Software

Business accounting software

There was a time in the not-so-distant past when there was one program you could count on help run the financial aspects of your small- to mid-sized business correctly—Intuit’s QuickBooks. Now, when it comes to robust business accounting packages, Mac users have choices. QuickBooks Pro 2005 and MYOB’s AccountEdge 2005 are the big players now, and both are poised to win the hearts and minds of business owners. Whether you’re a sole proprietor or you employ dozens of people, QuickBooks remains the easiest program to master and use, but MYOB AccountEdge offers more features and tools for expanding your business.

Take It All Into Account

Not surprisingly, the two programs excel in entirely different areas. QuickBooks is the better choice for accounting-a-phobes who are comfortable with a checkbook-like interface and whose accounting needs consist of basic invoicing, accounts payable, inventory management, time billing, and account reconciliation. Once you set up your initial account information, you’ll be using QuickBooks at maximum proficiency without once having to grab the manual.

MYOB AccountEdge handles the same basic functions that QuickBooks does, and adds the ability to process credit-card transactions from within the application, directly deposit payroll into employees’ bank accounts, and pay vendors electronically. AccountEdge data files also can be shared over a network and accessed by more than one individual at a time, making it the better choice for larger business with more-diverse accounting needs. But these additional features come at a price: its advanced features translate to more time you need to spend up-front to learn the program. If you never expect to use AccountEdge’s more-complicated features, you may want to choose QuickBooks or consider MYOB’s FirstEdge, which is even more basic than QuickBooks and less expensive than QuickBooks and AccountEdge.

Small Change

Compared to last year’s releases of both of these programs, there are few major changes, with mostly minor tweaks or enhancements to existing features. This is forgivable for AccountEdge because MYOB has made significant changes to the application over the last several years, but the lack of any valuable changes in QuickBooks makes no sense at all.

As I’ve reviewed the last two versions of QuickBooks, I’ve made a couple of observations. First, QuickBooks remains quite similar to the version of the program that was shipping before Intuit dropped out of the Mac market several years ago (and subsequently returned). And second, QuickBooks for Mac’s features are pretty weak compared to QuickBooks for Windows. (As one small example, QuickBooks for Mac is still incapable of downloading bank statements or processing credit cards, features that have been available in QuickBooks for Windows for quite some time.) The program’s short list of changes leans toward the cosmetic. Menus are now arranged like the menus in the Windows version—which means there are now five more menu items from which you can access company, customer, vendor, employee, and banking information—and you can add background images to all your forms. The only truly valuable changes are relatively minor: QuickBooks now alerts you if customers you’re invoicing have outstanding billable items; you can now back up your data files directly to your .Mac account; and there is now more-complete compatibility with QuickBooks for Windows data files. Also, you can now add scheduled transactions to iCal, which is useful. If you already own a recent version of QuickBooks, there’s not much here that makes QuickBooks 2005 a compelling upgrade.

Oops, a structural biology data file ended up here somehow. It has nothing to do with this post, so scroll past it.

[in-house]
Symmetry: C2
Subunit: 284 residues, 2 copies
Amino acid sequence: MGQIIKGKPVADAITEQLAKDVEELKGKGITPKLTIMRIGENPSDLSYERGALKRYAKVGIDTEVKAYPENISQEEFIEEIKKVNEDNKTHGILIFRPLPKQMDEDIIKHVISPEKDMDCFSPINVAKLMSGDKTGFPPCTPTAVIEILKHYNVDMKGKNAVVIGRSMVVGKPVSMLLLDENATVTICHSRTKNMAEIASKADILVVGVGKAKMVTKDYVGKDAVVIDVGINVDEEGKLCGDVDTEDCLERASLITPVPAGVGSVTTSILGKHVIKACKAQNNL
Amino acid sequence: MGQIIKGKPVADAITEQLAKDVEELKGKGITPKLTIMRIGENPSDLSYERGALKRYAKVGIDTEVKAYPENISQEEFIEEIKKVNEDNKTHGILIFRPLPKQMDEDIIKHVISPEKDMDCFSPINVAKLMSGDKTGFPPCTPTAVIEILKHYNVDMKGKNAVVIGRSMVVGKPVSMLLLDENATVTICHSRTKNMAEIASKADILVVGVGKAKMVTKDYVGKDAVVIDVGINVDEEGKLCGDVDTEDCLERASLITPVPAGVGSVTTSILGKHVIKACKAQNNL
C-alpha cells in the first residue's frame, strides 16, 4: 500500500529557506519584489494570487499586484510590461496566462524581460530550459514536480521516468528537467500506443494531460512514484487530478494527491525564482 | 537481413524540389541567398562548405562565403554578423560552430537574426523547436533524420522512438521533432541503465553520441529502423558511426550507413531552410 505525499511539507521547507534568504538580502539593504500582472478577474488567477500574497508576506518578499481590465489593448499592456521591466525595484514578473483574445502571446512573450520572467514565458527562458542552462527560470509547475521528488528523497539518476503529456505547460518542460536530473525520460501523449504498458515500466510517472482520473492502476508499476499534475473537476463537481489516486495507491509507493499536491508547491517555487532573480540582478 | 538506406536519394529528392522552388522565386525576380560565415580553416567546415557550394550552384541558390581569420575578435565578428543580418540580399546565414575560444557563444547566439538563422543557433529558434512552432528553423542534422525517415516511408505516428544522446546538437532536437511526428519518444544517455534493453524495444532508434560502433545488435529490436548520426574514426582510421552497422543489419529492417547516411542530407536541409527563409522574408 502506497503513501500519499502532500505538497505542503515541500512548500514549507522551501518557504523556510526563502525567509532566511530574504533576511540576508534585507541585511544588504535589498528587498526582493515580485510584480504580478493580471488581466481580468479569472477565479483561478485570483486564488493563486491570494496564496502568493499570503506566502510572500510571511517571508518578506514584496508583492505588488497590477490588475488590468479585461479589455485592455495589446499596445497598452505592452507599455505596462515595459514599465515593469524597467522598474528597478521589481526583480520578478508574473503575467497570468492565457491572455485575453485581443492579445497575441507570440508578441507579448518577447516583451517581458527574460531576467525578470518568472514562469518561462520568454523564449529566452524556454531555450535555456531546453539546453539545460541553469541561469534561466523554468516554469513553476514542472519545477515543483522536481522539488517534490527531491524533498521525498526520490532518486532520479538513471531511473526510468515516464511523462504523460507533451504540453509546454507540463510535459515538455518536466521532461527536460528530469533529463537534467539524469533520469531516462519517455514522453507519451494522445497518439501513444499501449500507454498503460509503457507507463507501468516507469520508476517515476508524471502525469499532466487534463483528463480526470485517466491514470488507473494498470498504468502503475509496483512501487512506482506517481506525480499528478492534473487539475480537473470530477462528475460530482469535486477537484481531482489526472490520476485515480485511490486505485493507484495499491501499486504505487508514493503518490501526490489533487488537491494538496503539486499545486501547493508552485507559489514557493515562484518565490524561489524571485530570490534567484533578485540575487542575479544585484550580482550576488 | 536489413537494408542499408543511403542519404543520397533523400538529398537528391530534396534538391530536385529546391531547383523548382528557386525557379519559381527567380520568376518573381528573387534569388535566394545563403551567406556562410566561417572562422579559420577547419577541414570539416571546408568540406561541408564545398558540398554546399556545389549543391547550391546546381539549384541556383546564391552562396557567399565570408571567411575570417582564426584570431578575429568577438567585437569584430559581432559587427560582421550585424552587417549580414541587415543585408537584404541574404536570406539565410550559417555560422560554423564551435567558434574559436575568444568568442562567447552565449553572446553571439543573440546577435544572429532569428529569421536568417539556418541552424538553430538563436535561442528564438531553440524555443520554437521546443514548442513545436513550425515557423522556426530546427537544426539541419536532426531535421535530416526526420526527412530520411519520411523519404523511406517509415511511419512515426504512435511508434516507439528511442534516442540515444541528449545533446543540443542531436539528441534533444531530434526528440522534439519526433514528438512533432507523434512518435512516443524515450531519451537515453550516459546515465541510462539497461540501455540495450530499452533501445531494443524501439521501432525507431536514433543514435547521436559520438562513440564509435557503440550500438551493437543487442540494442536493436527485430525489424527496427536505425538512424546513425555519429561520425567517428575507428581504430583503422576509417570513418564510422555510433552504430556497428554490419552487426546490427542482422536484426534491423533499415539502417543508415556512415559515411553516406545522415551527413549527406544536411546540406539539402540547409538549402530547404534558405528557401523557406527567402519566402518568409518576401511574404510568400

The changes to AccountEdge can’t be called major, but MYOB has significantly enhanced major features by making them easier to use. For example, previously, in order to use MYOB’s payroll service, you had to leave the program and use a Web site to process your payroll. You then had to download the payroll information to your computer and import it into AccountEdge. Now, all this is done from within the application, which makes it a much simpler process with fewer opportunities for error. Along the same lines, you can also process credit cards from within AccountEdge, and MYOB has also resolved a major issue with the network version of the application (which is $399 for three user licenses). In all earlier versions of the program, if you were sharing your data file with other users on a network, you chanced damaging your data if a user opened your company’s data file on the same computer that was sharing the file over the network. Although you were always warned of the potential for corruption, the fact that corruption was possible posed a major problem. This issue has been resolved in AccountEdge 2005, as long as you use the network version of the application, which means that your data is no longer at risk if you share your files across a network.

Macworld’s Buying Advice

When it comes to simplicity and a familiar interface, QuickBooks still has the advantage over MYOB AccountEdge. QuickBooks’ checkbook-like register makes it easy to master the program in a matter of minutes. But if you’re looking for an application that is packed with features, will grow as your business grows, can handle complex transactions, and that is continuously updated and enhanced to make managing your business finances easier, MYOB AccountEdge 2005 is clearly the better choice.

[ Jeffery Battersby is a freelance writer, small business owner, and longtime reviewer of Mac-based accounting software. ]

While QuickBooks 2005 remains largely unchanged from earlier versions, the program’s checkbook-like interface still makes it easy to learn and use.MYOB AccountEdge 2005 allows you to process credit cards and other electronic transactions from within the application.

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